Interesting experiment (initial research)

Interesting read – a study looking at the different stimuli for sexual response in men and women

Arousal and desire are interwoven and expressed in different ways in men and women. Understanding human sexual responses and their basic mechanisms and abnormalities is essential for diagnosing and managing female sexual dysfunction.

Gender Difference in Brain Activation to Audio-Visual Sexual Stimulation

Do Women and Men Experience the Same Level of Arousal in Response to the Same Video Clip?

Factors related to sexual arousal are different in men and women. The conditions for women to become aroused are more complex. However, the conventional audio-visual stimulation (AVS) materials used to evaluate sexual arousal are universal. In the present study, we investigated sexual differences in the response to different types of AVS by studying activated areas of the brain using functional magnetic resonance imaging (fMRI). fMRI was performed during two types of AVS in 20 healthy heterosexual volunteers (aged 20–28 years, 10 men and 10 women). The two AVS types were: (1) mood type, erotic video clips with a concrete story and (2) physical type, directly exposing sexual intercourse and genitalia. fMRI images were analyzed and compared for each stimulation with a Mann–Whitney U test, with statistical significance set at P<0.05. Men preferred the physical type of AVS to the mood type (mean arousal score 2.14 vs 1.86 in females) and women preferred the mood type (mean arousal score 2.14 vs 1.86 in males) (P<0.05). Degrees of activation in brain areas differed between genders and types of AVS for each gender. This should be considered when applying the AVS method to evaluate and diagnose female sexual dysfunction.

Arousal and desire are interwoven and expressed in different ways in men and women. Understanding human sexual responses and their basic mechanisms and abnormalities is essential for diagnosing and managing female sexual dysfunction.

The human sexual response cycle, sexual desire, activities, satisfaction, and physical and mental responses in men and women are different. Men usually feel sexual satisfaction during sexual activity and are more prone to physical attraction, whereas women are more affected by the environment and emotions related to the sexual partner or sexual fantasy in terms of sexual satisfaction.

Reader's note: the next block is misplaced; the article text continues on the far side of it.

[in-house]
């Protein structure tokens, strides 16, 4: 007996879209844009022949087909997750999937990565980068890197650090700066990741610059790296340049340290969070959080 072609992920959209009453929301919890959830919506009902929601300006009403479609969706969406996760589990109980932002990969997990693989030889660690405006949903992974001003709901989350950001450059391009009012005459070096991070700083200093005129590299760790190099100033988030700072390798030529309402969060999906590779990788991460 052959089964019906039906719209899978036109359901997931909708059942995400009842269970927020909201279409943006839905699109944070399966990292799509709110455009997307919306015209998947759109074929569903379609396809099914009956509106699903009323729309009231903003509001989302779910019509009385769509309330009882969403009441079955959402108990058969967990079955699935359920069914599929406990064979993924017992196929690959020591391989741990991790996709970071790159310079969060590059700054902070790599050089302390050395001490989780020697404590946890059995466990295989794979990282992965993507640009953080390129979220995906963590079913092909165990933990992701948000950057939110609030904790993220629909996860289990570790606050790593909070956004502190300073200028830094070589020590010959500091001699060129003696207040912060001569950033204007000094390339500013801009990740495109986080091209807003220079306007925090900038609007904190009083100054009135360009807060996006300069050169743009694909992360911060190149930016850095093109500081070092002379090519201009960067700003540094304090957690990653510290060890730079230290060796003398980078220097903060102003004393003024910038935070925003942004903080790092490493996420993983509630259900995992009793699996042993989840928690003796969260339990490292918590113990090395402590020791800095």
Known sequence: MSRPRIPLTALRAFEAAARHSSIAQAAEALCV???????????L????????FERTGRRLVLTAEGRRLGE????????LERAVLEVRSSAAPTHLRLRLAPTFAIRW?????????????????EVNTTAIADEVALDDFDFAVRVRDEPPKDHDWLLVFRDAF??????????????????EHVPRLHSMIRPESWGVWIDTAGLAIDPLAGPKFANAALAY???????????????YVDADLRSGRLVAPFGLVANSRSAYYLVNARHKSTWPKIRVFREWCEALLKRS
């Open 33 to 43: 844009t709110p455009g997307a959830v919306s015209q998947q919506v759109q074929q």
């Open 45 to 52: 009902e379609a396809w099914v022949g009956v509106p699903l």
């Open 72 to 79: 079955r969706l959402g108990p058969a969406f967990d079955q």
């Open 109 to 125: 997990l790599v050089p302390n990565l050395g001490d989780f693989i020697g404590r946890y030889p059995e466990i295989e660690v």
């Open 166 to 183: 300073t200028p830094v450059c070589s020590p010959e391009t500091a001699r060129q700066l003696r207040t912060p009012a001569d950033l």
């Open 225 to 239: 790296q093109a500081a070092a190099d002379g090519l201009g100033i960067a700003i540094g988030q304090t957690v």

Men generally respond to visual sexual stimuli, such as attractive nude or erotic pictures, or erotic films. Women respond differently to the same sexual stimuli. Some women feel repulsed by muscular, erotic male photos, and some are sexually attracted by emotional or lingual stimulation. In other words, men are more sexually aroused by visual stimuli, but women are more sexually aroused by concrete, auditory, olfactory, touch and emotionally relevant sexual stimulation.

These may be referred to as ‘the gender differences of sexual response and sexual function.’ There appears to be a clear gender difference in sexual response and function. For optimal outcome, we should therefore consider the different preferences of the two genders when studying sexual function and dysfunction.

Results

The mean ages of male and female patients were 24.7 (20–28) and 23.6 (20––26) years, respectively. All 20 volunteers reported sexual arousal from visual stimulation, but the degree of arousal differed by the type of stimulation and gender. Mean arousal score to mood type (type 1) AVS was 1.86 in men and 2.14 in women (P<0.05), but the mean score to physical type (type 2) AVS was 2.14 in men and 1.86 in women (P<0.05). Men showed a preference and higher self-reported arousal for physical type (type 2) visual stimulation. However, women preferred erotic stimulation with a story line and erotic mood (type 1) (Figure 1).

808430-fig1Degree of activation in men and women in response to type 1 (mood preferable) and type 2 (direct physical contact preferable) sexual visual stimuli. The two genders show different preferences for two different types of stimulations (P<0.05 by Mann–Whitney U test). A higher score indicates greater sexual arousal.

 

 

 

 

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